problem controlling DC motor with a 500k pot

Thread Starter

Aivaras Andrijauskas

Joined Aug 26, 2019
31
First time attempting something like this (i work with guitars)

I have an A500K potentiometer, 3x1.5V batteries as power supply, and a vibrating motor from a ps3 controller.
The problem is, motor turns on at about 90% rotation. I want it turning at least before 50%, for a finer control. pot is wired as variable resistor, 3-lug voltage divider wiring method produced the same problem.

I have a range of capacitors and resistors, which i know i could use to somehow make the potentiometer more usefull, just don't know how. most posts about Pot modifications talk about guitar wiring, which is AC and has a ground, but i'm working with DC, and a + and - terminal, which makes things more confusing.

so, my questions are:
What can i do to make the pot more useful?
Does current still pass by the pot at 0 (do i need an on/off switch to save power)?

there has to be a simple sollution.
 

Alec_t

Joined Sep 17, 2013
10,350
Welcome to AAC!
there has to be a simple sollution
Despite your assertion, it's not as simple as you'd like :(.
The 500k pot is far from ideal as a speed control. Lower values would normally be used. Even if you used 500k the necessary associated circuit might draw more standby current than the pot itself, so an on/off switch would be desirable.
The most efficient method of control is PWM (pulse width modulation). Modules for this are available cheaply online; more cheaply than the cost of sourcing components and building your own circuit.
 

MaxHeadRoom

Joined Jul 18, 2013
18,995
4.5v is not much to work with, most of the Ebay PWM's $2.00 controllers start at 6vdc.
Is the cells just for the motor?
If so increase the battery holder size to 6v or maybe 7.5v.
The motor can be controlled accordingly to prevent over speeding on the higher voltages.
Or a resistance in series with the pot to limit the rpm.
Max.
 

crutschow

Joined Mar 14, 2008
23,291
As Alec stated, a PWM module is the best way to control the motor.
But if you can be happy with a less linear control of motor speed vs. pot rotation and a maximum motor voltage about 0.7V below the supply voltage, you could add an emitter follower to the pot output (below).
Adding an extra battery can make up for that voltage loss.

The circuit will draw the small current through the pot (about 10 microamps) when the pot is at the minimum position.
upload_2019-8-26_11-6-53.png
Depending upon the current draw of the motor, Q1 may need to be a two transistor Sziklai pair (complementary Darlington) as below.
upload_2019-8-26_11-18-21.png
 

Thread Starter

Aivaras Andrijauskas

Joined Aug 26, 2019
31
As Alec stated, a PWM module is the best way to control the motor.
But if you can be happy with a less linear control of motor speed vs. pot rotation and a maximum motor voltage about 0.7V below the supply voltage, you could add an emitter follower to the pot output (below).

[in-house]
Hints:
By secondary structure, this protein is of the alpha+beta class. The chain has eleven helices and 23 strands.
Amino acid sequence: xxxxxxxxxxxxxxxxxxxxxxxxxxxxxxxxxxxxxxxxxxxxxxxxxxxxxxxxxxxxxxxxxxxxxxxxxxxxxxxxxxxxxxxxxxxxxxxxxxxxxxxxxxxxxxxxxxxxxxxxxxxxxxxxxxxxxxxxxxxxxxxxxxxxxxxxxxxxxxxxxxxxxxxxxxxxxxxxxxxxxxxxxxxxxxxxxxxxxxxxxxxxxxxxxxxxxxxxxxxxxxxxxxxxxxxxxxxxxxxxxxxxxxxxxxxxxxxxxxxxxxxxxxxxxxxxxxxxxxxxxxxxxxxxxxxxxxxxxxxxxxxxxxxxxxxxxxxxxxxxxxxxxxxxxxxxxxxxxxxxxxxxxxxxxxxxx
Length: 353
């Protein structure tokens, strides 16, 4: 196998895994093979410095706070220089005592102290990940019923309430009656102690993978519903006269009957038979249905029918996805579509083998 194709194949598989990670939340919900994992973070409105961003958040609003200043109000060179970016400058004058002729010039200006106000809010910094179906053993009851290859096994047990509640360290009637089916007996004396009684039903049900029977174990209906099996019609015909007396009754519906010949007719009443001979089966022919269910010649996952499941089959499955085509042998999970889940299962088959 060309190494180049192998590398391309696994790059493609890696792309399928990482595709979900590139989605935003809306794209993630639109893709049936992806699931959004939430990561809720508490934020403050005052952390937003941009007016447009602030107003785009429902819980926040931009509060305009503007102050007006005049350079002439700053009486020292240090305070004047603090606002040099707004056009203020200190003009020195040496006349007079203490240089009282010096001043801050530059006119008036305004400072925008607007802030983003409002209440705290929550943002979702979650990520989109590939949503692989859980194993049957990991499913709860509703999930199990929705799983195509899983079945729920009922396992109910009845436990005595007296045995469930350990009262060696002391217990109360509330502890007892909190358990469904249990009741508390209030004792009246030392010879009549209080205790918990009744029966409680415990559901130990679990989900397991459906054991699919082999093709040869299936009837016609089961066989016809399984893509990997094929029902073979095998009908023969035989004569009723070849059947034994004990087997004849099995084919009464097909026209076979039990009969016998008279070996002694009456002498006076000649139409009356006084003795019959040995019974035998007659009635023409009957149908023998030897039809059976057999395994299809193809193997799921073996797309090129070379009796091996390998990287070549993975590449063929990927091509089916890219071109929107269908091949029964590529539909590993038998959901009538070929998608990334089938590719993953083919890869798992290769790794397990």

Adding an extra battery can make up for that voltage loss.

The circuit will draw the small current through the pot (about 10 microamps) when the pot is at the minimum position.
View attachment 184822
Depending upon the current draw of the motor, Q1 may need to be a two transistor Sziklai pair (complementary Darlington) as below.
View attachment 184823
I did exactly this, constructed an emitter follower with a pnp resistor, and the pot is still works all the way up, when turned slightly down, the motor actually speeds up, and the Pot starts to smoke... what?:D the emitter follower diagrams seem to illustrate that npn and pnp are interchangable, as long as the same wires are connected to the emitter and the collector. what did i do wrong? B941 transistor was used.

Edit: sorry, missed the 1k resistor on the pot wiper from the diagram, redoing it, will inform on the result
 

Thread Starter

Aivaras Andrijauskas

Joined Aug 26, 2019
31
Nice! it works! thank you very much!

now the motor starts working at 50% and can be more finely controlled, but the output is decreased, as you said.

So a complimentary darlington connection would lower down the motor activation threshold even further? your scheme uses pnp and npn together, i have both of those, which is good.

And increasing the voltage via more batteries would both increase the output, and activate the mottor at an even lower pot setting?
 

crutschow

Joined Mar 14, 2008
23,291
So a complimentary darlington connection would lower down the motor activation threshold even further?
Not significantly.
It's only needed if the motor takes more current than one transistor can readily supply.
And increasing the voltage via more batteries would both increase the output, and activate the mottor at an even lower pot setting?
Yes.
But you must be sure not to apply more than the rated motor voltage.
 
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